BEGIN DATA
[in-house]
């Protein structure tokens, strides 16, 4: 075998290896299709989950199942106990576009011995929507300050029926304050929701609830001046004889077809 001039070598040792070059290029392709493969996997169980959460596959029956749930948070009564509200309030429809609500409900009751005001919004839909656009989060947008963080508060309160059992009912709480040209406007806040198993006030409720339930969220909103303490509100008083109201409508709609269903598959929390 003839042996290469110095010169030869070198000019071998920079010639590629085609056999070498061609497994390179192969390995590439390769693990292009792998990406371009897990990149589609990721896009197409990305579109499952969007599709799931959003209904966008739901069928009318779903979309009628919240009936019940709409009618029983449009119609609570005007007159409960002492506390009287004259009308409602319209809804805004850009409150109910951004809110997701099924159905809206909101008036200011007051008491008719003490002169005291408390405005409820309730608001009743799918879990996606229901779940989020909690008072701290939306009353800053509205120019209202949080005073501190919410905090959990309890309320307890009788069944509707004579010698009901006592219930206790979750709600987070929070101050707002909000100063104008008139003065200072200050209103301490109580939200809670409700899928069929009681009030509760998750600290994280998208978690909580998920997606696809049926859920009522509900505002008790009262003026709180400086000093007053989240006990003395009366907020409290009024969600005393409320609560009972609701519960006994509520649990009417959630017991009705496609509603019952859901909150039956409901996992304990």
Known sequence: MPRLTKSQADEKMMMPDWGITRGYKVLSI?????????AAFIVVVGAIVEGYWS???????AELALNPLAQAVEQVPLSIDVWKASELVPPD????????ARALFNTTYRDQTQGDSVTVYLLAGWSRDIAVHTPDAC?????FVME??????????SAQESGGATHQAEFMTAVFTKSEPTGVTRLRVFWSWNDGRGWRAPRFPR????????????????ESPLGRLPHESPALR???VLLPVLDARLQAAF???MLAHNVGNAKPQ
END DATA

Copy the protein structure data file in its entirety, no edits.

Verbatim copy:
[in-house]
């Protein structure tokens, strides 16, 4: 075998290896299709989950199942106990576009011995929507300050029926304050929701609830001046004889077809 001039070598040792070059290029392709493969996997169980959460596959029956749930948070009564509200309030429809609500409900009751005001919004839909656009989060947008963080508060309160059992009912709480040209406007806040198993006030409720339930969220909103303490509100008083109201409508709609269903598959929390 003839042996290469110095010169030869070198000019071998920079010639590629085609056999070498061609497994390179192969390995590439390769693990292009792998990406371009897990990149589609990721896009197409990305579109499952969007599709799931959003209904966008739901069928009318779903979309009628919240009936019940709409009618029983449009119609609570005007007159409960002492506390009287004259009308409602319209809804805004850009409150109910951004809110997701099924159905809206909101008036200011007051008491008719003490002169005291408390405005409820309730608001009743799918879990996606229901779940989020909690008072701290939306009353800053509205120019209202949080005073501190919410905090959990309890309320307890009788069944509707004579010698009901006592219930206790979750709600987070929070101050707002909000100063104008008139003065200072200050209103301490109580939200809670409700899928069929009681009030509760998750600290994280998208978690909580998920997606696809049926859920009522509900505002008790009262003026709180400086000093007053989240006990003395009366907020409290009024969600005393409320609560009972609701519960006994509520649990009417959630017991009705496609509603019952859901909150039956409901996992304990």
Known sequence: MPRLTKSQADEKMMMPDWGITRGYKVLSI?????????AAFIVVVGAIVEGYWS???????AELALNPLAQAVEQVPLSIDVWKASELVPPD????????ARALFNTTYRDQTQGDSVTVYLLAGWSRDIAVHTPDAC?????FVME??????????SAQESGGATHQAEFMTAVFTKSEPTGVTRLRVFWSWNDGRGWRAPRFPR????????????????ESPLGRLPHESPALR???VLLPVLDARLQAAF???MLAHNVGNAKPQ